Still not satisfied, Meta pointed to a provision of the parties’ licensing agreement which specifically forbade the contractors from scraping Facebook or Instagram’s data.
“It’s one long paragraph which says scraping is not allowed and as a result, they said, they intended to sue us for breach of contract. We said, ‘Okay. Fine.’ And before suing them we deleted all of Bright Data’s company pages from Facebook and Instagram.
“We said, ‘Okay, we have no contract anymore,’ and the next day we filed the declaratory judgment lawsuit,” he said.
Lenchner said he believes it will be months, at least, before the merits of the case are heard, but at the same time, he believes the implications for the internet — not to mention the economy at large — could be grave.
According to a press release issued by Bright Data last week, because markets and society function best when public data is accessible to the public, these systems would start breaking down with a Meta victory.
At the same time, the information transparency that helps drive market competition, advance research and assist life-saving organizations would dry up, the release said.
Lenchner sought to expand on it.
“If e-commerce platforms don’t have the data that allows them to know how their competition is doing, they won’t know how to respond to be more attractive to their potential customers. Without transparency, there will be no competition and prices will go up.
“That’s just on the hardcore commercial side; you’ll also be causing a detrimental effect on the NGOs I spoke of earlier, and the over 220 universities who contract with us to collect data for research. I can go on and on and on.
“This is nothing less than a tech war. Most companies can’t fight Meta. This is not okay. The world won’t operate without access to data. It’s not okay to try and use their money and thousands of lawyers to try and shut down access to data,” Lenchner said.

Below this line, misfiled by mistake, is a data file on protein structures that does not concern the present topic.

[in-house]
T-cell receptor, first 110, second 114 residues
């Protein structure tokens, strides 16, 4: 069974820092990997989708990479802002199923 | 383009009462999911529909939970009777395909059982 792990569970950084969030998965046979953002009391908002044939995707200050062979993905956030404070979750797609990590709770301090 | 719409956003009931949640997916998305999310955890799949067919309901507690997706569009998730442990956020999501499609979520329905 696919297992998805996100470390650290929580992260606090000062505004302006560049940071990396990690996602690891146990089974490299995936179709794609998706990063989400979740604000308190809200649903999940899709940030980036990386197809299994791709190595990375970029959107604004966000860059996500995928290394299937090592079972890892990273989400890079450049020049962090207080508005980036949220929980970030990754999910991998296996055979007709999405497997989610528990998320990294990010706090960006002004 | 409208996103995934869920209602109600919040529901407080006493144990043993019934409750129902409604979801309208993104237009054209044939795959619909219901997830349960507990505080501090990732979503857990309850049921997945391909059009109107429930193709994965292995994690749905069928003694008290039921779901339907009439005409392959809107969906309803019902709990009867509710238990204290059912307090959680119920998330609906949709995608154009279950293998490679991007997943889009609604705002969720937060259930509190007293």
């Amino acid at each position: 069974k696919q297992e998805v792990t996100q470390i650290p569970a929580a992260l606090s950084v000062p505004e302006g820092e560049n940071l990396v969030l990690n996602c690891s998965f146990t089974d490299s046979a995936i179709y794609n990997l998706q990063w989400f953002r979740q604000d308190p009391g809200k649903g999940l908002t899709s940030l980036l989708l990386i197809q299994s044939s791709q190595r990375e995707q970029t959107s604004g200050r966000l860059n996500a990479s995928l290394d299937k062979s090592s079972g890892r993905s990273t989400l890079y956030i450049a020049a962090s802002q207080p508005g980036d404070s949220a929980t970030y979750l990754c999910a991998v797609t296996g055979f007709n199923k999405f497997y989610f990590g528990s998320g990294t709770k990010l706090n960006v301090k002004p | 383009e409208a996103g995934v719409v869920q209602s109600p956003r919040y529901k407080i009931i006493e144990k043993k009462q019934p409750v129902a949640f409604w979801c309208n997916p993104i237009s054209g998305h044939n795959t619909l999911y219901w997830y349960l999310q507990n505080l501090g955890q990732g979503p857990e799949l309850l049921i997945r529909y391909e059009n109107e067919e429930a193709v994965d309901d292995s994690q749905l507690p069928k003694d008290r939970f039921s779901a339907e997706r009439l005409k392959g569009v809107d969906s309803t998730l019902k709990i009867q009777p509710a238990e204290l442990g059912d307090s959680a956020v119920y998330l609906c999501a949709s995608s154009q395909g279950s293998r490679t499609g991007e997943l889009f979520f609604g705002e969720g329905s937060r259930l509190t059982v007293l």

“If we lose, then the tech giants will just gain more power, we will lose transparency, and the only ones who will win are those who are making a lot of money on our backs. And by ‘our,’ I mean, you and I and everyone else who is, you know, an internet citizen.”
Despite his dire warning, Bright Data’s CEO said he’s confident that “eventually, we will get a ruling that says the public information is public, and that it’s not public information when a tech giant has the ability to decide what’s public information and what’s not.”
“And that will be a win not just for me, that’ll be a win for everyone,” Lenchner said.
The Well News reached out to Meta for comment. This article will be updated with their response.
Dan can be reached at firstname.lastname@example.org and at https://twitter.com/DanMcCue
This story has been updated to clarify a quote attributed to Or Lenchner on Bright Data's conversation with Meta over the scraping of Meta's websites. Meta had no objections to Bright Data scraping sites generally. It requested that Bright Data stop scraping its websites.